One of the saddest things is that Abigail seriously needed some psychiatric treatment or therapy, and she wasn't getting it, and no one - not even the many medical personnel she encountered - noticed how bad her condition was. Her mental state and her drinking problem were not normal and not healthy. Her work was being affected, although god only knows why she persisted in working in such a hostile and genderist environment. Her place of employment was as politically incorrect and inappropriate as you can get, yet never once was it ever hinted that there was anything wrong here, or that serious change was called for.

In many ways Abigail was her own worst enemy. She never told her employers what she was up to, and so was seen as taking endless, 'frivolous' time off work. Her obsession with getting pregnant was actually interfering with her work because of her repeated absences, and then she has the hypocrisy to complain that the new hire is stealing all her resources? The new hire actually had all the hallmarks of a corporate spy, but since I didn't finish this novel, I can't say if she actually was.

The thing is that Abigail never actually seemed to work. She was all about delegation and the writing made it seem like she spent the bulk of her time doing activities related to getting pregnant and the hell with her work beyond a sporadic catch-up blitz. She tells us how much time she spends waiting around in medical clinics, but instead of taking her laptop and working from where-ever she was, she sat around doing nothing, or she took a book to read. Great work ethic, Abigail. This woman is neither smart nor organized, nor is she a responsible employee.

This wasn't even the worst part of Abigail's behavior. Before she even considered approaching reliable and scientifically-proven medical treatment, she ran around trying all manner of bullshit woo 'remedies', which of course failed. When she did return to reality, she didn't like the medical doctor she had - or at least not his abusive time-keeping, yet she was evidently too timid or lacking in motivation to change and find a better one.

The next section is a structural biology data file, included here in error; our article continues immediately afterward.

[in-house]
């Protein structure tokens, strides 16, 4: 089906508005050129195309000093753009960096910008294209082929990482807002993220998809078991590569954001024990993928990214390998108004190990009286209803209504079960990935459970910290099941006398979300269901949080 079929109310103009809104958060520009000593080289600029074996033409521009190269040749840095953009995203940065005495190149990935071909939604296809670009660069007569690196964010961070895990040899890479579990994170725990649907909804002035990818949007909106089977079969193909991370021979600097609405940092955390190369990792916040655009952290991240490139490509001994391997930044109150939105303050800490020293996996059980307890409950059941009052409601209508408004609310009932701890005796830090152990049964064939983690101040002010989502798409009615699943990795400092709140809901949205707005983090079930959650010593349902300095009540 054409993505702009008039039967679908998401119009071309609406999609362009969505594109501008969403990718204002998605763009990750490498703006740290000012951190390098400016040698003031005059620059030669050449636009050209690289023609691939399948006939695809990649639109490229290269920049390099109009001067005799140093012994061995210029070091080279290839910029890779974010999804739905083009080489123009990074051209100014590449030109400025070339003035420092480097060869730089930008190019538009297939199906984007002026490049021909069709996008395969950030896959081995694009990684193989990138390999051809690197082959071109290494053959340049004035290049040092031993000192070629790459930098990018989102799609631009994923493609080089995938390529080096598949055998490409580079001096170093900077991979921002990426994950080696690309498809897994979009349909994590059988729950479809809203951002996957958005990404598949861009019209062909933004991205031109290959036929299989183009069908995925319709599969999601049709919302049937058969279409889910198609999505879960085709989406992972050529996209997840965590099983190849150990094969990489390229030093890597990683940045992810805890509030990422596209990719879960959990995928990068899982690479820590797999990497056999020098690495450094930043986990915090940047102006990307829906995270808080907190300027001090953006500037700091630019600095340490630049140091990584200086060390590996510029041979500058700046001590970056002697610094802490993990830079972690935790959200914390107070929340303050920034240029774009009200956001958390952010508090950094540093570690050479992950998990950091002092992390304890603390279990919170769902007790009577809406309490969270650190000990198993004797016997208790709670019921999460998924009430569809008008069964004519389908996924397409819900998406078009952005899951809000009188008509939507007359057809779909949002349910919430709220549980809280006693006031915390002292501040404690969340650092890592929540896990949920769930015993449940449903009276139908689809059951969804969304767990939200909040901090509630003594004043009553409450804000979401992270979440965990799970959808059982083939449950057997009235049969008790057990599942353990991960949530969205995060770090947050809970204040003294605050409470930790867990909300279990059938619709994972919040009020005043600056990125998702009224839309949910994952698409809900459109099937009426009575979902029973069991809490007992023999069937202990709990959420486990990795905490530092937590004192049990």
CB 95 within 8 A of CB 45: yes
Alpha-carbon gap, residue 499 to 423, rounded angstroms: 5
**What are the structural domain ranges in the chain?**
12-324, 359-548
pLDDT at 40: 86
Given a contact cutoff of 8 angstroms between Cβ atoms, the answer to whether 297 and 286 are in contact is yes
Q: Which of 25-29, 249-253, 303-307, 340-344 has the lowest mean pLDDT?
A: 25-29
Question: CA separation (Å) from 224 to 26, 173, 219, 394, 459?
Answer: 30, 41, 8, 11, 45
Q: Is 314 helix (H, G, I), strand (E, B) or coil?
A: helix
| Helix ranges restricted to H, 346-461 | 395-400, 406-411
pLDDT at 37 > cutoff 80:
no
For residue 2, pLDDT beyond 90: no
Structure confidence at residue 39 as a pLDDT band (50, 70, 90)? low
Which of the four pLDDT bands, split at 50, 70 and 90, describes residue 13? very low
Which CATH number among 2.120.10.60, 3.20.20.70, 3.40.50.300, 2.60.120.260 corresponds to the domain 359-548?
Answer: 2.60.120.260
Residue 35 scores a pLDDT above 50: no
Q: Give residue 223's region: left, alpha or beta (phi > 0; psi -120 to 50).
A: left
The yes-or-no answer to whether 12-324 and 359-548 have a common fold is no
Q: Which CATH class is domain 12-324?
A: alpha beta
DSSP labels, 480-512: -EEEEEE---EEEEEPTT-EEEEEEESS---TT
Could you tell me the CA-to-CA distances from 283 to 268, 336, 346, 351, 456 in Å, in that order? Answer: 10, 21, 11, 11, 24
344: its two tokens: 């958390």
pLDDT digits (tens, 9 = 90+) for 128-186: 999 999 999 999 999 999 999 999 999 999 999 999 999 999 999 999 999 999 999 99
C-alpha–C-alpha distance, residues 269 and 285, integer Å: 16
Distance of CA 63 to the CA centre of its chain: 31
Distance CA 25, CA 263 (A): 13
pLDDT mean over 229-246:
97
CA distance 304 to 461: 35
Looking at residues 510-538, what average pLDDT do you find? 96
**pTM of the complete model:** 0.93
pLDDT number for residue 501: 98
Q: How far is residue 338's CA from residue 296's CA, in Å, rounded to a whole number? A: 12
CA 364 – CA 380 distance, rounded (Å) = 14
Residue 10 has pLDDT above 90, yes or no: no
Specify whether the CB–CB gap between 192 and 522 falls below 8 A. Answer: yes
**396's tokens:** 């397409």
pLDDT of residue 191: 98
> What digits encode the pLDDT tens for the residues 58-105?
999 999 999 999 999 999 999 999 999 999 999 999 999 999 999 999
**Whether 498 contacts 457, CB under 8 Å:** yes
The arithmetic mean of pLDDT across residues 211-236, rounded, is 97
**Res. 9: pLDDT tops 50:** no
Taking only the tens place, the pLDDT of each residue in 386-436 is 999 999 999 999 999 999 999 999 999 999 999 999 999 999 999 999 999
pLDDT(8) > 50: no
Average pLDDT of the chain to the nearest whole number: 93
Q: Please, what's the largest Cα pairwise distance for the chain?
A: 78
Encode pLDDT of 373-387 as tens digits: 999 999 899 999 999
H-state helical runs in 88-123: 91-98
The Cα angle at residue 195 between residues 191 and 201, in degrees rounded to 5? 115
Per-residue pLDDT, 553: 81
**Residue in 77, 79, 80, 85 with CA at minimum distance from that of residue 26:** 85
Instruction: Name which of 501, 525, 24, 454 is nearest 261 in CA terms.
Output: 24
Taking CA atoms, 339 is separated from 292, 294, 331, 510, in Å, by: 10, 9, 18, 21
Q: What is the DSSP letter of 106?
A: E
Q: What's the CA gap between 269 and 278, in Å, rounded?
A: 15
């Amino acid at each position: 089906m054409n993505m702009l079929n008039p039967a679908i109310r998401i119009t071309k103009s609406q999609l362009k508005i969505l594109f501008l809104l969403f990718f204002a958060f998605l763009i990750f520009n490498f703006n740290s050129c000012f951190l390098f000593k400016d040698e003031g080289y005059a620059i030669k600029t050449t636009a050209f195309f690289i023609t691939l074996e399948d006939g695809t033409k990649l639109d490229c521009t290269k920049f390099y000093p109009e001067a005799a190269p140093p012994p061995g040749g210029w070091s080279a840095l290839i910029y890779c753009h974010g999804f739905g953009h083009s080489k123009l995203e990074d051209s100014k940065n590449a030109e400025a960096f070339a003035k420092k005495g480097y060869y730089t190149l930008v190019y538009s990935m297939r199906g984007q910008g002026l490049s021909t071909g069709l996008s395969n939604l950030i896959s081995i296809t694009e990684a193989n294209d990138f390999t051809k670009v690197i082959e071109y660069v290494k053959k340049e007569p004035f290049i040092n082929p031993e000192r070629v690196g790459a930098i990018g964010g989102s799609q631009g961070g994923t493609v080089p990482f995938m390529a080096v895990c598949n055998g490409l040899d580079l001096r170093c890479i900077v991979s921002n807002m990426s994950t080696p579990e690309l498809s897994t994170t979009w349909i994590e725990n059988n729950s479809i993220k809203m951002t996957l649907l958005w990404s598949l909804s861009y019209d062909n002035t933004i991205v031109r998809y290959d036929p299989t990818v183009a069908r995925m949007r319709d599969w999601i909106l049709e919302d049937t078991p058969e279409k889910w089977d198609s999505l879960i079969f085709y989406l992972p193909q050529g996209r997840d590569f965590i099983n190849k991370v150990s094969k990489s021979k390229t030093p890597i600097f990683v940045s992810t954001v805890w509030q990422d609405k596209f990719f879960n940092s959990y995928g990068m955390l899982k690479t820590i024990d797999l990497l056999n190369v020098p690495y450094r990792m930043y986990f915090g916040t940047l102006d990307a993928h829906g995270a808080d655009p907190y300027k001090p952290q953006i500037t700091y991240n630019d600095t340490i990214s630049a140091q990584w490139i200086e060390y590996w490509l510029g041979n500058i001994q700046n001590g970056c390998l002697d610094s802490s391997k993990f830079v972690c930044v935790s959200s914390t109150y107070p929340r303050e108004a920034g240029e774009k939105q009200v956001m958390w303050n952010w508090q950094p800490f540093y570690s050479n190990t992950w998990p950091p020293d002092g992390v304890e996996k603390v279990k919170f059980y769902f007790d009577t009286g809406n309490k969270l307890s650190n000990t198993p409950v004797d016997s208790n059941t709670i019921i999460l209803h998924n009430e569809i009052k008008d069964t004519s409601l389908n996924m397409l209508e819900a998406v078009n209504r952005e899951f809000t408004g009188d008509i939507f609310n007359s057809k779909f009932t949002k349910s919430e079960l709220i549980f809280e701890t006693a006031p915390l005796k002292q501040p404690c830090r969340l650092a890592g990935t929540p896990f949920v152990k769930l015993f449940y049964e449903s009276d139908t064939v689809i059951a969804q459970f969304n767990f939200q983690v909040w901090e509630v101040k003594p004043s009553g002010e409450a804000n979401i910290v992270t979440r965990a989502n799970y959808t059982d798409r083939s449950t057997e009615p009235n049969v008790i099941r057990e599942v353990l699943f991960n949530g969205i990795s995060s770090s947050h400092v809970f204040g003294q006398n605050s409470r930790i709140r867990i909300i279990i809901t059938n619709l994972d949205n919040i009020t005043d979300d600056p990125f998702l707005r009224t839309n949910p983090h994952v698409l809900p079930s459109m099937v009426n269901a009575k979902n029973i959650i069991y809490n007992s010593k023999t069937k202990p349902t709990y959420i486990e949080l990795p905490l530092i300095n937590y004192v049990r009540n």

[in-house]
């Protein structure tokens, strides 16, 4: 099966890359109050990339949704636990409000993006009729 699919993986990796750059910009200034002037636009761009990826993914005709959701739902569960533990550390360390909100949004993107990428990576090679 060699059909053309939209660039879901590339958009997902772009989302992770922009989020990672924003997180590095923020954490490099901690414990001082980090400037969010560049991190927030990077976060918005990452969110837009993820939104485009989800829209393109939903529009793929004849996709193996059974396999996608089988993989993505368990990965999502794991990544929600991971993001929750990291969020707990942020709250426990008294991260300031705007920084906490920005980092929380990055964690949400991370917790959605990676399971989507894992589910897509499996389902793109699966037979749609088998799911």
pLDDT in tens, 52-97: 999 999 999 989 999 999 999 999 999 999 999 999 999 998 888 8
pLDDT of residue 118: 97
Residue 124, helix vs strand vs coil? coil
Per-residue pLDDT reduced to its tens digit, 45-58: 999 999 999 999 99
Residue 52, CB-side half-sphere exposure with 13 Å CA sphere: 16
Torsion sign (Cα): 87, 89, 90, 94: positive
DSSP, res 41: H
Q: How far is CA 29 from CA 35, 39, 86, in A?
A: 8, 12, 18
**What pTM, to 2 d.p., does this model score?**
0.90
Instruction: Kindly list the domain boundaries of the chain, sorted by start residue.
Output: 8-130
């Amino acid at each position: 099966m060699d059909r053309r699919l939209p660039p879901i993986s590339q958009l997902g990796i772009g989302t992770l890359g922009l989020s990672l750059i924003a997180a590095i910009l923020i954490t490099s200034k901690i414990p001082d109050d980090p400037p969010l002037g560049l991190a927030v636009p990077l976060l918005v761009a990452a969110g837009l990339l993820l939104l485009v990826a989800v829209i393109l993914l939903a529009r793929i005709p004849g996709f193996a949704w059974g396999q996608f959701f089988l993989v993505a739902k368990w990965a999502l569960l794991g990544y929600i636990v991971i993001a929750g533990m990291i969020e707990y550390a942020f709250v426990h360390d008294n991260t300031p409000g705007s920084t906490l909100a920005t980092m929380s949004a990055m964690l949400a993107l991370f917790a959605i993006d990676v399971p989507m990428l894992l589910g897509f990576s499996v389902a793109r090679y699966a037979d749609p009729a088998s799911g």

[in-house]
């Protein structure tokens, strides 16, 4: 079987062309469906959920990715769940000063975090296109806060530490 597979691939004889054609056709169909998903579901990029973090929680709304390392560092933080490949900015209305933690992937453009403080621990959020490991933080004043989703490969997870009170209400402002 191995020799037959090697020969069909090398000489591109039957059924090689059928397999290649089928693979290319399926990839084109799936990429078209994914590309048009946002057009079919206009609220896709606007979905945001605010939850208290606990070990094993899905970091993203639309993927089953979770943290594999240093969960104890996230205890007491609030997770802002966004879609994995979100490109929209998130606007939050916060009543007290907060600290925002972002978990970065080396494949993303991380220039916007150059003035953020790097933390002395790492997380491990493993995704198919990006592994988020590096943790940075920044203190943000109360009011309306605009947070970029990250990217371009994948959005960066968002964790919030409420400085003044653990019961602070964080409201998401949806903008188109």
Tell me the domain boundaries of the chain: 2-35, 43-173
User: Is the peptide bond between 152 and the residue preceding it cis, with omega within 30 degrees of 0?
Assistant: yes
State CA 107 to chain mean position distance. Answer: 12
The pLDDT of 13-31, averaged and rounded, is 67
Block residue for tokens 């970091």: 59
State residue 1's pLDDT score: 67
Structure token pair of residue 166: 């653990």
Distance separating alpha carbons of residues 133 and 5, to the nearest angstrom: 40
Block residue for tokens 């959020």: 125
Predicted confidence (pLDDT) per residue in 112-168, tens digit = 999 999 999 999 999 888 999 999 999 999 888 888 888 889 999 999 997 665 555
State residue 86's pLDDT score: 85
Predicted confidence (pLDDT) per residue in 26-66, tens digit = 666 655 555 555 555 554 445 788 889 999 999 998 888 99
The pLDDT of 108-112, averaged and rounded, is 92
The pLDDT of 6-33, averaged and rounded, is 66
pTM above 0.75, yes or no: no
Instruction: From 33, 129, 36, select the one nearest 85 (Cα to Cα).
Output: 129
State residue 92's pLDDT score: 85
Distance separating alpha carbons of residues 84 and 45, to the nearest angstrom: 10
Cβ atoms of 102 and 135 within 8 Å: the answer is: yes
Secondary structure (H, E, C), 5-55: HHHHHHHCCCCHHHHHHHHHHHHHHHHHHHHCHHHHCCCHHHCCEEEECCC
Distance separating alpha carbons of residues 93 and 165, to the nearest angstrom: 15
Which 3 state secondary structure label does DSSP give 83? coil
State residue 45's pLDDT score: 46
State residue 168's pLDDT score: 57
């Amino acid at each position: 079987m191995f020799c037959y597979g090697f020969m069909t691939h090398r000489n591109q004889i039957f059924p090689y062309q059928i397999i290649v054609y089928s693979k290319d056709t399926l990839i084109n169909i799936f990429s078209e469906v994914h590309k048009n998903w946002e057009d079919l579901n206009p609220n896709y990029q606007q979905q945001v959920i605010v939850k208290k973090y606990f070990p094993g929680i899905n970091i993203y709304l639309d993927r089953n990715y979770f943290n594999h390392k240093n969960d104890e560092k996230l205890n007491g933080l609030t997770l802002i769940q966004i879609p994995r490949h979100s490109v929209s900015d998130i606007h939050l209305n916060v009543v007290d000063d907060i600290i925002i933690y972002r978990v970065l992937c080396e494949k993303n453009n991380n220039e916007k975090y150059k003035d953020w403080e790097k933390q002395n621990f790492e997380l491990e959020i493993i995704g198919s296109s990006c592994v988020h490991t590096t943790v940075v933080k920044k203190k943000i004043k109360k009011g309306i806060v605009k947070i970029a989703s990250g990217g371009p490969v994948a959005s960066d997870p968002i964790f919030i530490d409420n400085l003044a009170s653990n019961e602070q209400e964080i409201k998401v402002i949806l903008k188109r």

She whined constantly about her mother in law, who was, I confess and royal pain in the ass, but then she also whined about her sister who accidentally became pregnant, and her husband's ex-girlfriend who also became pregnant. I don't know who raised Abigail to think it's all about Abigail, and that there's something wrong with other people having a life independently of hers, but it was really quite sickening to repeatedly read of the lavish pity parties to which she treated herself on these occasions. Abigail was not remotely likable at all.

Another issue was money. We were told so many things in this novel and shown very little, and one of the worst things was the money question. We were told time and time again how expensive these treatments would be, and how it would have to be put-off because of the cost, and yet suddenly we're doing all these supposedly expensive things and money isn't an object. Her husband magically gets yet another bonus whenever they need cash for something. It was farcical. Never once was any thought spared for the more than forty million Americans who live in poverty, some of whom are no doubt infertile and who have no access to the resources which Abigail did, and no resources to raise a child even if they had one.

Abigail and Jack were both high-end professionals, evidently paid handsomely for their "work" and yet they appeared to appreciate none of it. They had everything they wanted, never went asking for food or clothes (or anything), and yet Abigail still selfishly wallowed in how badly-done-to she was. Anyone is entitled to feel bad about their circumstances once in a while, but Abigail made an art-form out of it. Like I said, she was not a likable person.

Likewise there was hardly a word spoken about adoption. I don't recall seeing where this story was set, but I may have missed that. I assume it was Canada since the author is Canadian, and Canada has some 45,000 orphaned children. The US has over twice that number and a further 400,000 living without permanent families, yet adoption was barely mentioned in this novel. A really good educational opportunity as squandered there.